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Russia still hopes to revive Martian probe

An artistic illustration of Phobos-Grunt spacecraft. A Roscosmos photo

MOSCOW (BNS): Keeping its hopes alive, Russia is making efforts to establish contact with the Phobos-Grunt unmanned spacecraft that got stuck in low Earth orbit following launch last week.

Russia still has time till early December to revive the spacecraft, the country's space agency chief said.

"We estimate that the Phobos-Grunt will fly until January, and to make it perform its mission we still have time until the beginning of December," head of Roscosmos, Vladimir Popovkin, was quoted as saying by Ria Novosti.

The Martian probe is presently moving along a "support orbit" but all efforts to receive signal from the craft have been futile.

According to Popovkin, the spacecraft is moving along a 200-km orbit and has "communication windows" with ground control stations for about two minutes at a time.

To establish contact with Phobos-Grunt, the specialists have reduced the power of the signal sent to the probe, since the first contact with the spacecraft was originally planned at a much higher trajectory, and widened the "communication window."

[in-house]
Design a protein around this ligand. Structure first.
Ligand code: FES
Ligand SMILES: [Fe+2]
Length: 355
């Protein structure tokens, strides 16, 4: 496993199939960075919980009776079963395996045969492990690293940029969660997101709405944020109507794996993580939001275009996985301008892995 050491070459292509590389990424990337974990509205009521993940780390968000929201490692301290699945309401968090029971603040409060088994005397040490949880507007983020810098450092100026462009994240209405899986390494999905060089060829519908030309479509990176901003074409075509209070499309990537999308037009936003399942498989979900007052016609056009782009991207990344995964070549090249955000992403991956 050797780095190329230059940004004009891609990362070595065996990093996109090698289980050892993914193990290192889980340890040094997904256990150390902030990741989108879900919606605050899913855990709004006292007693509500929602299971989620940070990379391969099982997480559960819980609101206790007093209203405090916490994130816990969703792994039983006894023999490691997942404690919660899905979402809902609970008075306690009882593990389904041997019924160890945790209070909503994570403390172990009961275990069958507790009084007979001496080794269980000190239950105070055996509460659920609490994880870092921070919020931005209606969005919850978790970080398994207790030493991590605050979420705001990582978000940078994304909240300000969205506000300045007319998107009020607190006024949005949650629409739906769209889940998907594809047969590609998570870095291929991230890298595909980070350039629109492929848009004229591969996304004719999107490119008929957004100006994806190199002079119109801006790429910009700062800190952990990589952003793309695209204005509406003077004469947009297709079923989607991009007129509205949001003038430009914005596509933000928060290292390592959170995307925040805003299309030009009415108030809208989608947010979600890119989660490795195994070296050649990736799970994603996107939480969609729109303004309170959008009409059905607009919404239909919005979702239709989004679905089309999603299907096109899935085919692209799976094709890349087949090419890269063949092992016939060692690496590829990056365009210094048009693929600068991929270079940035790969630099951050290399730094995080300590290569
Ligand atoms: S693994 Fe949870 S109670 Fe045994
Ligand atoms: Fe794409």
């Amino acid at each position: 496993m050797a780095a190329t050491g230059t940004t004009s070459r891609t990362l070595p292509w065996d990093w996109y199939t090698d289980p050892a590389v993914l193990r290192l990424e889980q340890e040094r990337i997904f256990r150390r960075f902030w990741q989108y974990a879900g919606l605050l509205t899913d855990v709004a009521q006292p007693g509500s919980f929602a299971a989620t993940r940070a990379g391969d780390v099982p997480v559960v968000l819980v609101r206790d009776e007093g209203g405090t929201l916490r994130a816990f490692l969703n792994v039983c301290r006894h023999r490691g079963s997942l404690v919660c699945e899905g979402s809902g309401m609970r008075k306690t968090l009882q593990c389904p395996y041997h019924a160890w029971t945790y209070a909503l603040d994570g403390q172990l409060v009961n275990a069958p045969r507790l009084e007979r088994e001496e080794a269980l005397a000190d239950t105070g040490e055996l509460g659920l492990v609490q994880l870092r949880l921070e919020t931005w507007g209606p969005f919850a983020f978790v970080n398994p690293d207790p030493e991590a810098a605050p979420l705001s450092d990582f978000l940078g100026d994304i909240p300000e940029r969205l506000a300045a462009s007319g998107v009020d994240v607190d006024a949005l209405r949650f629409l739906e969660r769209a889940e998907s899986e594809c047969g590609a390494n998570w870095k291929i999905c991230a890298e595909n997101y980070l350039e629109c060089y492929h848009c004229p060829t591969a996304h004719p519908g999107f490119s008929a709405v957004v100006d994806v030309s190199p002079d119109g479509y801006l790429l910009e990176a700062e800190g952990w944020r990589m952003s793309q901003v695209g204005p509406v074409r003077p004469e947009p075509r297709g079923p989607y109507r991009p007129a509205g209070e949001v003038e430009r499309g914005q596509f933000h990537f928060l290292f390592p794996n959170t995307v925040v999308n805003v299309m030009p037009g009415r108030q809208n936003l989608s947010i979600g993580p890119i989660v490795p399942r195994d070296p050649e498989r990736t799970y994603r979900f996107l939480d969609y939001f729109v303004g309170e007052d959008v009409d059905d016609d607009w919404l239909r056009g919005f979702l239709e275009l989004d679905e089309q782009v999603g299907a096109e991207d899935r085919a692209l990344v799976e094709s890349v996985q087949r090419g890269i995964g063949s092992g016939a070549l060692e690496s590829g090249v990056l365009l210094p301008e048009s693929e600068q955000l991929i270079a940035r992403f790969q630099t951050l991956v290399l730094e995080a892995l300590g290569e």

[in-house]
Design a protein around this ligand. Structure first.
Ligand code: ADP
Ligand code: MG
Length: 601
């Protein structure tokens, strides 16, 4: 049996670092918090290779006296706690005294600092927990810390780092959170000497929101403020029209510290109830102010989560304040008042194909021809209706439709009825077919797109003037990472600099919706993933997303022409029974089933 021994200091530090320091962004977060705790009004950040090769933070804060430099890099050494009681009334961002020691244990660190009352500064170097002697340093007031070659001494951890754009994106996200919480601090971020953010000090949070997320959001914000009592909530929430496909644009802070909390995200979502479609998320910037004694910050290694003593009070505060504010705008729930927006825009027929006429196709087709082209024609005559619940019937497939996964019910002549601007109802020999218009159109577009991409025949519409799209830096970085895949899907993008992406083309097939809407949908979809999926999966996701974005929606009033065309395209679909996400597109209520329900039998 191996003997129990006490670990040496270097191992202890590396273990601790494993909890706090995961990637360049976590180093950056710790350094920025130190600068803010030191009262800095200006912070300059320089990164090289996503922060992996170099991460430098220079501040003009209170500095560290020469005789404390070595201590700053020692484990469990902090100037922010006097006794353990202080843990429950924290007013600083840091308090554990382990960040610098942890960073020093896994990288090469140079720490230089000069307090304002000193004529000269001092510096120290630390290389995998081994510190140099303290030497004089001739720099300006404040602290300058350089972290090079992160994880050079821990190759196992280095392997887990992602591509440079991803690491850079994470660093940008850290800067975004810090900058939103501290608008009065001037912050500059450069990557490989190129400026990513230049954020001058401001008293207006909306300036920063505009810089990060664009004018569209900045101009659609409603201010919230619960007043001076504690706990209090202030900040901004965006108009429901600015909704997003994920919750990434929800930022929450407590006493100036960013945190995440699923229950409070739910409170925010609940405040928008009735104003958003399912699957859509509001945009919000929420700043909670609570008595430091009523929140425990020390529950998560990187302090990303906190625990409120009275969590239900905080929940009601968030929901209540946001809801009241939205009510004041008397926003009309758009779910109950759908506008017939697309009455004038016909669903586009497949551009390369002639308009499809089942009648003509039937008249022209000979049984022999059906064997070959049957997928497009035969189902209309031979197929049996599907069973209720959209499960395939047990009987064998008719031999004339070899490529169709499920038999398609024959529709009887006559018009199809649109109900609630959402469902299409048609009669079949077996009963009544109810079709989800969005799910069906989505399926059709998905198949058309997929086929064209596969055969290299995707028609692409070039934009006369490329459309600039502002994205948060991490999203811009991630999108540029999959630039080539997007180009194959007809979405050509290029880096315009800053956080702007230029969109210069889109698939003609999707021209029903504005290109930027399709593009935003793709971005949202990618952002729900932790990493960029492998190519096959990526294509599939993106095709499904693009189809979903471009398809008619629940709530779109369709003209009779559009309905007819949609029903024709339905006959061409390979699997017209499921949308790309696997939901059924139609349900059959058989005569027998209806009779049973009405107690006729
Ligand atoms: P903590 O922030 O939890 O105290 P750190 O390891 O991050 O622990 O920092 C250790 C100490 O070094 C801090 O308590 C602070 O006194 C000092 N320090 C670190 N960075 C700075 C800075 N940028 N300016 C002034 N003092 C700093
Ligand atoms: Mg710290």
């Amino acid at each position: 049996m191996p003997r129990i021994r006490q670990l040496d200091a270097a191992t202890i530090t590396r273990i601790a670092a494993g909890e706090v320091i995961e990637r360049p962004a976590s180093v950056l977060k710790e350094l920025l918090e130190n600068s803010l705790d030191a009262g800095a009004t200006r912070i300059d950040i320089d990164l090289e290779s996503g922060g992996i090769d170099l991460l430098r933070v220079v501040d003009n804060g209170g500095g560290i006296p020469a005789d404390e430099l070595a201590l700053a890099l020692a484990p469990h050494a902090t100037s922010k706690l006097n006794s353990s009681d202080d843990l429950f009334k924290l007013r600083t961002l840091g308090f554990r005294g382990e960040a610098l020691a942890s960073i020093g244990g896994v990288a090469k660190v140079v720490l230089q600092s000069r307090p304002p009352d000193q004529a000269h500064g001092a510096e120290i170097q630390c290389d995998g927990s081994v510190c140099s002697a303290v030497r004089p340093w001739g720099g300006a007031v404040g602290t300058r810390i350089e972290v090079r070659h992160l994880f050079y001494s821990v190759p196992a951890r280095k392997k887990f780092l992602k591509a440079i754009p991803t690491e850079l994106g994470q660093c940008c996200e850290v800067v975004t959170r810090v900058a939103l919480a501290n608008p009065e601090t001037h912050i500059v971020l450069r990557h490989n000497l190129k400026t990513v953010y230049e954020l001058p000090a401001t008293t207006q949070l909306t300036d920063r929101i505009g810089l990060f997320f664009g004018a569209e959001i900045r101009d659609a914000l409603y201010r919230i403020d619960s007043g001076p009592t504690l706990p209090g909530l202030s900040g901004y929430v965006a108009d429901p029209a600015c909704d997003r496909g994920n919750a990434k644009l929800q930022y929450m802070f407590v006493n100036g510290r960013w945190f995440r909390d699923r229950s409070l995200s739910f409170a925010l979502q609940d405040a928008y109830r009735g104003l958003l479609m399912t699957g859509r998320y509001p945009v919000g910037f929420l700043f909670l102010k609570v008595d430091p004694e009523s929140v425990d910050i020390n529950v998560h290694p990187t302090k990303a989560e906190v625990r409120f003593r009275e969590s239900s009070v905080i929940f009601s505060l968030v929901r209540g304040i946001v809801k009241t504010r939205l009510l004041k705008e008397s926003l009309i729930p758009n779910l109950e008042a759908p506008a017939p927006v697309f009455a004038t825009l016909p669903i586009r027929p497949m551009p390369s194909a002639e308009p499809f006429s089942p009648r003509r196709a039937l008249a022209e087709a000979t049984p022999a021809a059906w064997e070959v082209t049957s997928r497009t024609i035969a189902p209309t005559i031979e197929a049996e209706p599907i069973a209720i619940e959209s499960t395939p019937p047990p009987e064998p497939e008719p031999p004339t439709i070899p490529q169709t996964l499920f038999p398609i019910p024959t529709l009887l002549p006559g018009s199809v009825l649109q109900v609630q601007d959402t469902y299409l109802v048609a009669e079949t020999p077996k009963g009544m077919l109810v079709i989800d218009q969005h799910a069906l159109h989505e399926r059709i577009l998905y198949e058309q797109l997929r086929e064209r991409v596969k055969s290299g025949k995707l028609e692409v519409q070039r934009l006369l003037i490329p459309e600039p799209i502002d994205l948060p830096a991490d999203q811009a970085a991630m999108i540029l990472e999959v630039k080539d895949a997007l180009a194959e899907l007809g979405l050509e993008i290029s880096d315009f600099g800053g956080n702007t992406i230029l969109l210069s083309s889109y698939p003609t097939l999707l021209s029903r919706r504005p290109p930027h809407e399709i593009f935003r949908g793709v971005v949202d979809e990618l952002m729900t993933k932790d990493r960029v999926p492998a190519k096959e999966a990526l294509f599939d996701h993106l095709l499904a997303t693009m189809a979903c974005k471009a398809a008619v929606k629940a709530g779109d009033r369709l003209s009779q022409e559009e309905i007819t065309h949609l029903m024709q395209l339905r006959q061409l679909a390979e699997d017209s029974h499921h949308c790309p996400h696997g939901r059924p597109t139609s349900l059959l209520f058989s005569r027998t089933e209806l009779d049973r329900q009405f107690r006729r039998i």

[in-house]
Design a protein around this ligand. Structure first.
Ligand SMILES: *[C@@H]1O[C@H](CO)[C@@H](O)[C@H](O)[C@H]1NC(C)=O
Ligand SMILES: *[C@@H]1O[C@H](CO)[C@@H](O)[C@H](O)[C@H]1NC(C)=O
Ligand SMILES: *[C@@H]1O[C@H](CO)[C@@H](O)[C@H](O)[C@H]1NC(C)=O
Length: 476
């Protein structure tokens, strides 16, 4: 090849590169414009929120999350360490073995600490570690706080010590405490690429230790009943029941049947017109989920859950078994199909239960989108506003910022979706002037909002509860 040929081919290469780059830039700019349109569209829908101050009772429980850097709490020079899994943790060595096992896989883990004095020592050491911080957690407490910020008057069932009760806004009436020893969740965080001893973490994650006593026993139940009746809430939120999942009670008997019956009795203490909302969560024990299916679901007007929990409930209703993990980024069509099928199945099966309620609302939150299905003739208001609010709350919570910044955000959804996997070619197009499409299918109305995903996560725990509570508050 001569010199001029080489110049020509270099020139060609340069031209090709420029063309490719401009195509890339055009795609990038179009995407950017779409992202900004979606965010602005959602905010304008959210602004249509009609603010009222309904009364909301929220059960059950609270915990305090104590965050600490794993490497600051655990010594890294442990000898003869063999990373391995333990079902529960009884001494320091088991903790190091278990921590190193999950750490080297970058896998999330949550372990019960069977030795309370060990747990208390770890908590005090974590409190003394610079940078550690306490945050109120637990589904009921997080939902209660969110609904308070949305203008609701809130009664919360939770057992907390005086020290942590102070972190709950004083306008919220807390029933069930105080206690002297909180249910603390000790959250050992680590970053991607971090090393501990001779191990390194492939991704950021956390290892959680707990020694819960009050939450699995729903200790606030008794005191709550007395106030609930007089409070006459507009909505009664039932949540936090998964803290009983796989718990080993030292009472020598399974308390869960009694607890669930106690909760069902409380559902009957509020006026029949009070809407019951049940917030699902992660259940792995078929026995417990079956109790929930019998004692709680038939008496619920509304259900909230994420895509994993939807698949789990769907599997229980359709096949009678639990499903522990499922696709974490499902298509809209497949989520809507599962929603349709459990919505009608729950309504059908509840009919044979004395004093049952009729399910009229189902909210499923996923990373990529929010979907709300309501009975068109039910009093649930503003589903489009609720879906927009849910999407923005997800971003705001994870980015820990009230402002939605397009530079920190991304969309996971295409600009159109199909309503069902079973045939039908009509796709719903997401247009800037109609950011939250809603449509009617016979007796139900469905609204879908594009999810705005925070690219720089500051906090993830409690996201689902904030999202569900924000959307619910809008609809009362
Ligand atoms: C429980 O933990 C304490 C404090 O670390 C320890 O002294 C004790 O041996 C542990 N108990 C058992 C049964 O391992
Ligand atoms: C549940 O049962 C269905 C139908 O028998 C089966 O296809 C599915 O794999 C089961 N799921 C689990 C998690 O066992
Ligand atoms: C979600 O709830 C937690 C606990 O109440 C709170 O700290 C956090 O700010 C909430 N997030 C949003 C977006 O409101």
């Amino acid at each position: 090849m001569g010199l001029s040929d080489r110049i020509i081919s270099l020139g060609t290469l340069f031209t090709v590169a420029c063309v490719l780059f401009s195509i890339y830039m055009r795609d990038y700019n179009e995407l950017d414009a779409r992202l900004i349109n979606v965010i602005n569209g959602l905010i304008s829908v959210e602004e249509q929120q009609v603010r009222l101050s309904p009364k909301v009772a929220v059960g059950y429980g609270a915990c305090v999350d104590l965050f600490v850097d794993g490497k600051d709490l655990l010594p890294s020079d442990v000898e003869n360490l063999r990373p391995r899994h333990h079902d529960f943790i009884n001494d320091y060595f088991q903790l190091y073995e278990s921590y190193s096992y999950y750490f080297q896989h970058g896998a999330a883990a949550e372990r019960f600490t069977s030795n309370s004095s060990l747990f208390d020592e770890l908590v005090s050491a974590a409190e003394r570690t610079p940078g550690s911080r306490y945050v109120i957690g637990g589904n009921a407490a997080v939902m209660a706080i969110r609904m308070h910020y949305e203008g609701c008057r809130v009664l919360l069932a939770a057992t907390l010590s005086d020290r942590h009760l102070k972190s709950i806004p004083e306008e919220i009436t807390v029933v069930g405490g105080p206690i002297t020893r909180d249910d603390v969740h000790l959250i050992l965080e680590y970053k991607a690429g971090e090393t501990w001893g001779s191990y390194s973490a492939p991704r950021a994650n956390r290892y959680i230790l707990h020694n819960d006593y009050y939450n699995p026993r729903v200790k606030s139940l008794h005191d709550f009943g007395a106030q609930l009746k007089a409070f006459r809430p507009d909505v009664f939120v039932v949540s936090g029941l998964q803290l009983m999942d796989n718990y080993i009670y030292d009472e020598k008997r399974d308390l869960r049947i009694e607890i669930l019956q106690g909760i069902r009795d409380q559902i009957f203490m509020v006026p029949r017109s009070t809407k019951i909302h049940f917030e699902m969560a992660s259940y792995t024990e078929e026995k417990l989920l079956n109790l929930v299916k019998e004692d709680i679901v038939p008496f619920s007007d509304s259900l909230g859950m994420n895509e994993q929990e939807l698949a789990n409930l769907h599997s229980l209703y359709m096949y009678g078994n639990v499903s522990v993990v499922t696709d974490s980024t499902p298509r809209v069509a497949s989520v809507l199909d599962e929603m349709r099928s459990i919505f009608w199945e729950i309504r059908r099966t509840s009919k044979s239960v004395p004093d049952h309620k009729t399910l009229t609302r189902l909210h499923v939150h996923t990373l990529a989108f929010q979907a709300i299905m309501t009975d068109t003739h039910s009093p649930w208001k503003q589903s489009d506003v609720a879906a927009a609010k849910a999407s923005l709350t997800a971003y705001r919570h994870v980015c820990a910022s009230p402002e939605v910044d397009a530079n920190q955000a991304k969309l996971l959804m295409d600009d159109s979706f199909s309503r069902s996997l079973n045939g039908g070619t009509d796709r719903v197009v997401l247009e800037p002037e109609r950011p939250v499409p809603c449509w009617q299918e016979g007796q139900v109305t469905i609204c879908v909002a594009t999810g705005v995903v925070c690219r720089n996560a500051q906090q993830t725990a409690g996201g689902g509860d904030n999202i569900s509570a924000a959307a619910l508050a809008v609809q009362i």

Allaying fears that the spacecraft could come crashing down and spill tons of highly toxic fuel on Earth, the space agency chief said, "There are 7.5 metric tons of fuel in the aluminum tanks on board.

We have no doubts that they will explode (and destroy the probe) upon re-entry, (but) it is highly unlikely that its parts would reach Earth."

Russia had launched the Phobos-Grunt probe from the Kazakhstan space centre on November 9. While the launch by a Zenit-2 booster rocket was successful, the spacecraft failed to fire its engine to put it on the correct course to the Red Planet.

The unmanned spacecraft was on a mission to explore Mars' fabled moon Phobos, collect rock and soil samples from there and return back to Earth three years later.


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